Peter Gurney

Head of Security

 

office +44 (0)1844 xxx xxx . +44 (0) 77401

mobile +44(0) 7776164494

before you go anywhere, go totravelodge.co.uk

So there you have it, but what it fails to mention is that the car park had already had a spate of break ins prior to me arrival, and I was not notified by staff, surely they have an obligation to inform customers of this as a precautionary measurement, which they did not of course.

 

Regardless os signage they knew about the problem of break inns in the car park but did not warn me /or other customers of this when checking in.

 

Well an update have had a chat with Norman Clark, there could be a case of negligence on Travel lodge even thought they put cctv in and barriers ( exit one was a roller door ) the front one a barrier so any can walk in off the streets, also they should have informed me of the spate of break inns which they did not, now this can be deemed as negligence on there side as measures although were put in place were inadequate to stop it from happening and the fact they knew it has been a problem, they again should have informed me and/or put signs up stating the fact there has been a problem with the car park.

 

So what to do next do i go the whole hog, i will write the letters and send quote from garage to them for a response ( all recorded delivery ) then would I go to the solicitors or do i go the way of a small claims court which is going to cost me alot more than i think it might

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See my post 30 above, issue a LBA and then commence with a small claim.

 

You should have a go at drafting the letter yourself, post it up and then we will look at it here.

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  • 3 weeks later...

Hi all,

 

here is the repsonse I have got after I sent the LBA this has all been done by email.

 

Mr Quinn

I am in receipt of your latest e mail to Customers Service and I note the comments therein.

I have the authority to make the decisions I have already made as per my previous correspondence. I will again reiterate them. Travelodge rely on the No Liability status, as displayed in all our car parks. This is common in most UK car parks. You are of course at liberty to challenge that fact in the small claims or civil court and we will defend those actions, as appropriate. I am not therefore persuaded to authorise any compensation.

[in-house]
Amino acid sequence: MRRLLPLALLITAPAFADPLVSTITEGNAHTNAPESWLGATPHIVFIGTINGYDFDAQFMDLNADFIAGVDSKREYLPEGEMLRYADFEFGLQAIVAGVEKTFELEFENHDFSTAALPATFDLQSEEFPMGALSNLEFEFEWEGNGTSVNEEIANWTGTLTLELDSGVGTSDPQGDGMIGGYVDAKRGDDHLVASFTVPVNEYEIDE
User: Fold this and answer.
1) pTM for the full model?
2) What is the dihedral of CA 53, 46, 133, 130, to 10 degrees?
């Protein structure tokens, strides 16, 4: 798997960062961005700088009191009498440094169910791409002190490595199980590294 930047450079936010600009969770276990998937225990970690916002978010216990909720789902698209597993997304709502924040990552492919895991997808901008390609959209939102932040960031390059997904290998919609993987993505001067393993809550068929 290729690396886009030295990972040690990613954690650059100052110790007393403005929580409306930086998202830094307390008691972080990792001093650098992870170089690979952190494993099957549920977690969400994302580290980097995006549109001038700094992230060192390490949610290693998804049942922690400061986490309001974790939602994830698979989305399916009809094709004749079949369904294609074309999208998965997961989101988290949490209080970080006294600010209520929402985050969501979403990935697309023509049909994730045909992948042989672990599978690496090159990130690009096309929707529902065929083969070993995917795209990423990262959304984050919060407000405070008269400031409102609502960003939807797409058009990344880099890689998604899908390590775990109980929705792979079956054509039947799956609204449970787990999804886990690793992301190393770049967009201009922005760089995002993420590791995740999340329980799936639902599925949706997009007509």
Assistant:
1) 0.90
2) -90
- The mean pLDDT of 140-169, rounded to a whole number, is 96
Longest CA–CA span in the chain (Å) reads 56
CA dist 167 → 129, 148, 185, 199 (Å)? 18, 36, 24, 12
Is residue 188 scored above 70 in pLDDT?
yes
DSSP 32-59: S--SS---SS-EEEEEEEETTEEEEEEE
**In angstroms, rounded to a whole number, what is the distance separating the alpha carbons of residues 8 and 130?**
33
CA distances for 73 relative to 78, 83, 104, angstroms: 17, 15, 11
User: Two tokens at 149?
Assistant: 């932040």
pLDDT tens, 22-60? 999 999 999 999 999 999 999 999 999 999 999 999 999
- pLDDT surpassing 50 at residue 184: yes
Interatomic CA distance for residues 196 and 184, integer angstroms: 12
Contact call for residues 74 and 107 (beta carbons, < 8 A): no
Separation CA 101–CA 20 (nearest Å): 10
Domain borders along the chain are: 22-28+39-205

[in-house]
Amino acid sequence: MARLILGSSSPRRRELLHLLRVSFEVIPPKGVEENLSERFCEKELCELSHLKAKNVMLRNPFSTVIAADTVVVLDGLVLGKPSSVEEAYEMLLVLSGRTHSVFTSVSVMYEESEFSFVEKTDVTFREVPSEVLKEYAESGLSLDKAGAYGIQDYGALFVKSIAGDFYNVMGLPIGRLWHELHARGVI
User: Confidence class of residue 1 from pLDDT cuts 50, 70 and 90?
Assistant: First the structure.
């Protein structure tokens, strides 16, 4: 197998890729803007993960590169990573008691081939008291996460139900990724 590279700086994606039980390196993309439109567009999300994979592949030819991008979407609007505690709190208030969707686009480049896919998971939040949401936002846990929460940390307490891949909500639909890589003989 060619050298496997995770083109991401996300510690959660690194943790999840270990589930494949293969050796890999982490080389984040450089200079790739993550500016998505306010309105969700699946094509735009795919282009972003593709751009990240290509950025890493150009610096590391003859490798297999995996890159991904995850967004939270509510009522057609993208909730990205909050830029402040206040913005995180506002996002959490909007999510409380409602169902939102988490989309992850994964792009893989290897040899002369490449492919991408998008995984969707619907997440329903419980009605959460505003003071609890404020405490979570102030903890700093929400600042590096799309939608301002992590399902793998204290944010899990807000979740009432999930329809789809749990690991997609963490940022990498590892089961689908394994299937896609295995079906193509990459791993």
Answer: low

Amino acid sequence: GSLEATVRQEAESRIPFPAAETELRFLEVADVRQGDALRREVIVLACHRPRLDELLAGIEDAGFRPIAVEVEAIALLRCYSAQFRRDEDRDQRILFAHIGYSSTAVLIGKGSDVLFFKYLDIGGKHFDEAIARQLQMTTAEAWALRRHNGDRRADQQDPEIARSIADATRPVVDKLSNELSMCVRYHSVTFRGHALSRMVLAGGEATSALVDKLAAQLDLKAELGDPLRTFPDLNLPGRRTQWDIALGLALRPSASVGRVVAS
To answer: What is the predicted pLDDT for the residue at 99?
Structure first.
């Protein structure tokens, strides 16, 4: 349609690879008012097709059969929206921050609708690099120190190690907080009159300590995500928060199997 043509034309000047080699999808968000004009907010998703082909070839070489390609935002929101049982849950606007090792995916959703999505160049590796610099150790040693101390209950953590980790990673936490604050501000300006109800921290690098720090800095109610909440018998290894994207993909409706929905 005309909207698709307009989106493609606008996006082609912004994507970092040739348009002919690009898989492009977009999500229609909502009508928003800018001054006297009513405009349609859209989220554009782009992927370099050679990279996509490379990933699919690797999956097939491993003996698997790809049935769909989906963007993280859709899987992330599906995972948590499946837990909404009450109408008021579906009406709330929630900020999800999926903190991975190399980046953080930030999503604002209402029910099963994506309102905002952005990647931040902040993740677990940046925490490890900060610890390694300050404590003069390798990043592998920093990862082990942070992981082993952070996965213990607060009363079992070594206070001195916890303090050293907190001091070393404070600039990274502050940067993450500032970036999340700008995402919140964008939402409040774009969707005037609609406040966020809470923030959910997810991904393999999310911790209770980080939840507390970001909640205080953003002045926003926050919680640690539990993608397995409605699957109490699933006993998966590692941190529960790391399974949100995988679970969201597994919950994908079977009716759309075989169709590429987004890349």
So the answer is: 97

Nothing in my correspondence to you was in any way intended as a threat. I apologise if it was construed as such. It was a statement of fact. Traditionally these incidents in car parks have been defended successfully. The level of Court action you may take, (i.e. small claims or civil court ) will dictate how Travelodge is represented.

I am sure this is not the response you would have wished for and I am sorry that your stay was spoiled, but that is my final decision.

 

 

 

 

 

 

 

 

 

Peter Gurney

Head of Security

 

 

office +44(0) 1844358619

fax +44(0) 184358585

 

 

mobile +44(0) 7776164494

before you go anywhere, go to travelodge.co.uk

Can you tell me your views on this as has only ever at all time only concered with the signs over and over again.

Thanks to all

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have spoken at length to Trading standards and they have said the signs are neither lawful or unlawful however they did quote a better chance of using sale of goods and services act 1982

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Trading standards are not much use, if your LBA says you are going to commence legal proceedings then do so.

 

Their letter in post 37 is a fob off, what is he going on about 'small claims or civil court'!

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Travelodge say the rely on the No Liability - sure they rely on it to fob people off. However it cannot stand.

 

TS said that - what powers of logic they have. If the signs are neither lawful nor unlawful they are not signs - they are paintings ! or maybe just mirages..

 

The parking at your own risk sign/No liability sign is unlawful. It is an attempt by the landowner to limit their negligence including death and personal injury.

 

Get back to TS an speak to someone with a basic grasp of simple logic.

 

 

If I toss a coin and it comes up not head OR not tails then you pay me a tenner - see if the TS brain will take the bet.

 

If it was me I would write back to a senior person Travelodge with

TAKE FORMAL NOTICE

at the top of the letter. this has meaning and makes liability assignable.

 

explain why their No Liability sign cannot stand and that unless they settle now and in full they should consider your letter a 'letter before action'.

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I agree TS are a waste of space

 

Rather than be technical re SGS your claim needs to be based on simple straight forward negligence/breach of the implied contract in that they have admitted they knew there was a problem & failed to tell you resulting directly in your loss

 

He states such claims have been successfully defended which may be correct up to a point but where there is negligence the operator has been found at fault

 

Issue your LBA & hopefully when it gets into the hands of someone who understands the law your claim might be resolved more sensibly

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plus there is much law about exclusion clauses - notably Thornton v Shoe Lane Parking but many others. travelodge are just trying to fob you off. give them a chance and then nail them in Court. You need to give them a chance to succeed under CPR AIUI